The Art of Preparation

A number of years’ ago, my sister read an article titled “Be a Guest at your own Party!” The gist of the article was that with excellent preparation holiday entertaining can be stress free. To this day, my sister and I still judge how well we prepared for a party by asking if we feel like guests. As much as we get that good preparation goes a long way, sometimes it seems that no preparation is enough to make the Christmas holidays stress free. Perhaps this is why we have been given the season of Advent—a liturgical season designed to help us prepare not just for the celebration of Christ’s birth, like the way we prepare to celebrate a birthday, but rather the real celebration of anticipating Christ’s return and the coming of the fullness of the kingdom of God. And seriously, who of us is really ready for that party?

Euro shots 038On the one hand, it is the time of year when the spiritual emphasis of preparation matches the secular reality—there is a lot of preparation necessary to celebrate Christmas in the parish and in our homes. And, while many of our Christmas traditions have spiritual roots: the symbolism of the wreath and tree, the tradition of St. Nicholas and Santa Claus in giving gifts, the exquisite storytelling of our favorite Christmas carols, baking, gift –buying, gift-wrapping, cooking, and decorating can overwhelm and even steal away the time we need for spiritual preparation.

Imagine if you knew when Christ would return? What would you need to do to be ready for that? I read an Advent reflection that described the days of Advent as a time to make room for Christ: by clearing out all in our hearts that is not Christ. We celebrate Christmas specifically to help us make a habit of taking stock of how ready we are to receive Christ.

One of my favorite Scripture passages which captures the art of this spiritual preparation is the parable of the wise and foolish virgins in the Gospel of Matthew (Mt. 25:1-13). Tasked with keeping their lamps light in anticipation of the coming of Our Lord, five of the women thought ahead and brought additional flasks of oil and five, did not stop to think of what they needed to get the job done. Those unprepared and without oil were locked out of the feast. This parable (depicted here in the photo of the beautiful mosaic found on the front of the Basilica of Santa Maria in Trastevere, in Rome), is worth making part of your Advent prayer and reflection.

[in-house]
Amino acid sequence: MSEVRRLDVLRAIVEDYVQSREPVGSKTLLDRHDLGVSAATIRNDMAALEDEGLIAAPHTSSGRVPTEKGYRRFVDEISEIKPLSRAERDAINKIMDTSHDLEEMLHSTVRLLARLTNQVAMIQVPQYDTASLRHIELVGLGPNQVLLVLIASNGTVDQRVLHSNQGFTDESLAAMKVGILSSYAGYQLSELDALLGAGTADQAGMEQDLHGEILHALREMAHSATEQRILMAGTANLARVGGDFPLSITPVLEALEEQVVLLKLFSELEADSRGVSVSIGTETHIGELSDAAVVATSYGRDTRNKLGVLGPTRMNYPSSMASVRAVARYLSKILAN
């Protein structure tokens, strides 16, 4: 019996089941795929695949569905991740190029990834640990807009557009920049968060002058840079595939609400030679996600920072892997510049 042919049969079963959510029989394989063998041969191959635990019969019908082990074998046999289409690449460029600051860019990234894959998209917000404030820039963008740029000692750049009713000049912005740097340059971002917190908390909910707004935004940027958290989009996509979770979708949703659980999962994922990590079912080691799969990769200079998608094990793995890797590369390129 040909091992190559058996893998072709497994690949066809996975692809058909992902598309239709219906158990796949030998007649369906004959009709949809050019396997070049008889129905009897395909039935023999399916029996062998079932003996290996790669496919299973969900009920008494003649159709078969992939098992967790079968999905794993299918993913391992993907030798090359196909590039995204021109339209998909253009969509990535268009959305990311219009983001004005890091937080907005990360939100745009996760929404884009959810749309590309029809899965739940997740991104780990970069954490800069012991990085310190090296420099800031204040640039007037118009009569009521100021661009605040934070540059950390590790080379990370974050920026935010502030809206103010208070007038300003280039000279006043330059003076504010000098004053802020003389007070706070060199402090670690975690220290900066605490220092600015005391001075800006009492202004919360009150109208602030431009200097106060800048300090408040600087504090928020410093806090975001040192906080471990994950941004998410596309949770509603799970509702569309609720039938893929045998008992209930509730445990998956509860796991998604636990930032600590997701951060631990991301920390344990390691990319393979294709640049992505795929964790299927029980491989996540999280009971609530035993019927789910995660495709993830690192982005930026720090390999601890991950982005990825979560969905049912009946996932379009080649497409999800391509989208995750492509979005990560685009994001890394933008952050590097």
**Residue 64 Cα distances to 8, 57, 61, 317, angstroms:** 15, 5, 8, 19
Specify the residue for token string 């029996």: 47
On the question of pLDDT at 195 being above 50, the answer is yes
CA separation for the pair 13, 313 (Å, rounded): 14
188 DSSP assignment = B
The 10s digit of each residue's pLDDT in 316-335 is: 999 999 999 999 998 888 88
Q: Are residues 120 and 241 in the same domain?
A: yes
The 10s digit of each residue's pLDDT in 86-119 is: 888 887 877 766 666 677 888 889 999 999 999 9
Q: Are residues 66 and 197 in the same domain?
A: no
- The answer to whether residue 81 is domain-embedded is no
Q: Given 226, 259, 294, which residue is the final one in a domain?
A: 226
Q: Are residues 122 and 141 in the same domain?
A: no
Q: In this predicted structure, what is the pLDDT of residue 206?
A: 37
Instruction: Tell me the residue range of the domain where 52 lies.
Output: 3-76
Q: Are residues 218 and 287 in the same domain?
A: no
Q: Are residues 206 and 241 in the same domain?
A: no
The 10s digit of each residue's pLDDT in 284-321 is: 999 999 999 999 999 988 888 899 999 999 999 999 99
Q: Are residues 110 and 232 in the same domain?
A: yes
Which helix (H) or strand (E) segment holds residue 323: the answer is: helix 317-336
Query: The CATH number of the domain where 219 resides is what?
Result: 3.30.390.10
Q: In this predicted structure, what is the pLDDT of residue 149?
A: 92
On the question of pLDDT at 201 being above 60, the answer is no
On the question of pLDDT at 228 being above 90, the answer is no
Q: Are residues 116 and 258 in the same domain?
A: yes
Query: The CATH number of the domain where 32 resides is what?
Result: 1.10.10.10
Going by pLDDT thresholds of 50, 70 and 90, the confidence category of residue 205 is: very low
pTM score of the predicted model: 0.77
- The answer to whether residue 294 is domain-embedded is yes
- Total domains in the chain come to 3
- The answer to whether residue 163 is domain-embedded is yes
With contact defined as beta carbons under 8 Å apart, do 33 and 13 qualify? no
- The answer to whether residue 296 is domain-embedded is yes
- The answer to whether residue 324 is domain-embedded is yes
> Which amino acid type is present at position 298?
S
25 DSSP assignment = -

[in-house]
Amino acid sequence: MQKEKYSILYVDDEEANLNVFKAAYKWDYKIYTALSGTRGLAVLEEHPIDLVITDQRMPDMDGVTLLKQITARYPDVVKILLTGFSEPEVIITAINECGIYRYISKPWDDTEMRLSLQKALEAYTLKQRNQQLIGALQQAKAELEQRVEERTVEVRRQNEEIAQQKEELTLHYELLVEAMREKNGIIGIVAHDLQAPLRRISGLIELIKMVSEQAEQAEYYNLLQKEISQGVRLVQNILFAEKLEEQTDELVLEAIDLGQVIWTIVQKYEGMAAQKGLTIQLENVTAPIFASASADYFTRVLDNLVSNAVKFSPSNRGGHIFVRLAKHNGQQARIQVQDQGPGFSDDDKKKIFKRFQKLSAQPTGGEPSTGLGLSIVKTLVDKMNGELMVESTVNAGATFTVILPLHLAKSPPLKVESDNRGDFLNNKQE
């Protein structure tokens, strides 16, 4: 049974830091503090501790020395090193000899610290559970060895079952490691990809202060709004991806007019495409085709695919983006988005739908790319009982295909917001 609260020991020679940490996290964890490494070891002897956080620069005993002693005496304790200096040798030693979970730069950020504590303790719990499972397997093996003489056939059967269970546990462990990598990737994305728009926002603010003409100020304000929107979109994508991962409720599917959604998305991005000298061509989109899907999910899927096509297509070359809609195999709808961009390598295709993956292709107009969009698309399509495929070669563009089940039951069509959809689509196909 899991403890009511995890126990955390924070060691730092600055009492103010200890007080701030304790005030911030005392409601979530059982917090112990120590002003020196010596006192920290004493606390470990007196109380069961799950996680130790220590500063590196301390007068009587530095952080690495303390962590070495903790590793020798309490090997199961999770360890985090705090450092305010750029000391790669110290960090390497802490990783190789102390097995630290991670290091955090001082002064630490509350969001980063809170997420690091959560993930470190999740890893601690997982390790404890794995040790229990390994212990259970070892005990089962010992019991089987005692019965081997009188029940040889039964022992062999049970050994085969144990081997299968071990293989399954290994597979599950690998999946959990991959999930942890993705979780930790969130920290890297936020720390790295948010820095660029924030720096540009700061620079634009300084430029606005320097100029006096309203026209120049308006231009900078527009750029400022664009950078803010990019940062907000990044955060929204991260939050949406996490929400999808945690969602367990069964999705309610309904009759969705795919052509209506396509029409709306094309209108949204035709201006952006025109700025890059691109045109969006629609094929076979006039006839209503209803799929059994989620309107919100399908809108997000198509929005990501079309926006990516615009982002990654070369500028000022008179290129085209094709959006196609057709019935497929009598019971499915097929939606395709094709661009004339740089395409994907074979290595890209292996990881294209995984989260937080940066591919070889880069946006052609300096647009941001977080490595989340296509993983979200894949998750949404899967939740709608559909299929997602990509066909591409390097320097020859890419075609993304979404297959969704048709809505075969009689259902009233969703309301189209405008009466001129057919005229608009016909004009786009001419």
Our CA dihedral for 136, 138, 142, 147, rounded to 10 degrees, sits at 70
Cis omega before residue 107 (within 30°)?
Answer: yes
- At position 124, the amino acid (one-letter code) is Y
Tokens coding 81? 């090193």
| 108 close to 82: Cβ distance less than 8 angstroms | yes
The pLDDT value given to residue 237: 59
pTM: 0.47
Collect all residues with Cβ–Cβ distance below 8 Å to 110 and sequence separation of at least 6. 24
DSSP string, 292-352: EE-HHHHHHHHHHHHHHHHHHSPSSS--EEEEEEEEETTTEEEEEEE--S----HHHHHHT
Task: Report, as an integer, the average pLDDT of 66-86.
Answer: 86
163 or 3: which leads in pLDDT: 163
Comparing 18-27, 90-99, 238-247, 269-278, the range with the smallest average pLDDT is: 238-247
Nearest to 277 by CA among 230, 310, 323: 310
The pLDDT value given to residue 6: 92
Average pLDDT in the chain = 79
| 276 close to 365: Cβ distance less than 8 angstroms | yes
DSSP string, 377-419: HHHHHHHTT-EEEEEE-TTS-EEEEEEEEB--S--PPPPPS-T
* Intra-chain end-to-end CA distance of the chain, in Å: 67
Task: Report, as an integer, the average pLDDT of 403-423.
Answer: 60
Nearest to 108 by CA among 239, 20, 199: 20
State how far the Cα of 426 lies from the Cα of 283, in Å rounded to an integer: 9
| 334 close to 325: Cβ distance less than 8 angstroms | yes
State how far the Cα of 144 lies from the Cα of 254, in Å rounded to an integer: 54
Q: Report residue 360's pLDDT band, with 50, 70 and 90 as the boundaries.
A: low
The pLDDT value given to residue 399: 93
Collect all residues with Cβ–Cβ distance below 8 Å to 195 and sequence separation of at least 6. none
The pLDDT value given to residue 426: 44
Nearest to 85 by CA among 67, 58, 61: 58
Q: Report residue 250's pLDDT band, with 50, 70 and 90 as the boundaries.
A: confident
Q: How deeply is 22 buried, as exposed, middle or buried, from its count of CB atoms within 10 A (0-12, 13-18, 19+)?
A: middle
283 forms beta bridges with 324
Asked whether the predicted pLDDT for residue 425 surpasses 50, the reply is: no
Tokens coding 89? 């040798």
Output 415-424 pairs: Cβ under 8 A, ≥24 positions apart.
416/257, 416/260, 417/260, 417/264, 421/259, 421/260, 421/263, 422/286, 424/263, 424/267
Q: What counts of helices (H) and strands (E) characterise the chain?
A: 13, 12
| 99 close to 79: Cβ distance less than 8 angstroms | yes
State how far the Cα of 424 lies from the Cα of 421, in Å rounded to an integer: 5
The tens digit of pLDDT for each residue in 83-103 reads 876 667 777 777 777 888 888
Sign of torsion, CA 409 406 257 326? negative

For me, it is a reminder of the contemplative and active dimenswisefoolishvirginsions of the Christian life. Preparation is a contemplative act in that we are drawn deeper into the mystery of the unfolding plan of salvation. Coming to know the Lord in prayer is the surest way to be confident we will recognize the Lord when he comes. Serving the Lord is the other dimension of preparation. Oil, in the parable, is symbolic of works of love, and so the subtle message of the parable is that at the eleventh hour, the foolish women could not borrow the good works of their wise sisters! At the heart of Christmas is the exchange of gifts—material and otherwise that really are signs of the love we have for those receiving the gifts we share. The poem below captures this so beautifully:

Face to face with our limits,

Blinking before the frightful

Stare of our frailty,

Promise rises

Like a posse of clever maids

Who do not fear the dark

Because their readiness

Lights the search.

Their oil

Becomes the measure of their love,

Their ability to wait—

An indication of their

Capacity to trust and take a chance.

Without the caution or predictability

Of knowing day or hour,

They fall back on that only

Of which they can be sure:

Love precedes them,

Before it

No door will every close.

                                                      (T.J. O’Gorman)

Susan Timoney is the Assistant Secretary for Pastoral Ministry and Social Concerns for the Archdiocese of Washington and teaches spirituality for Saint Joseph’s College Online.

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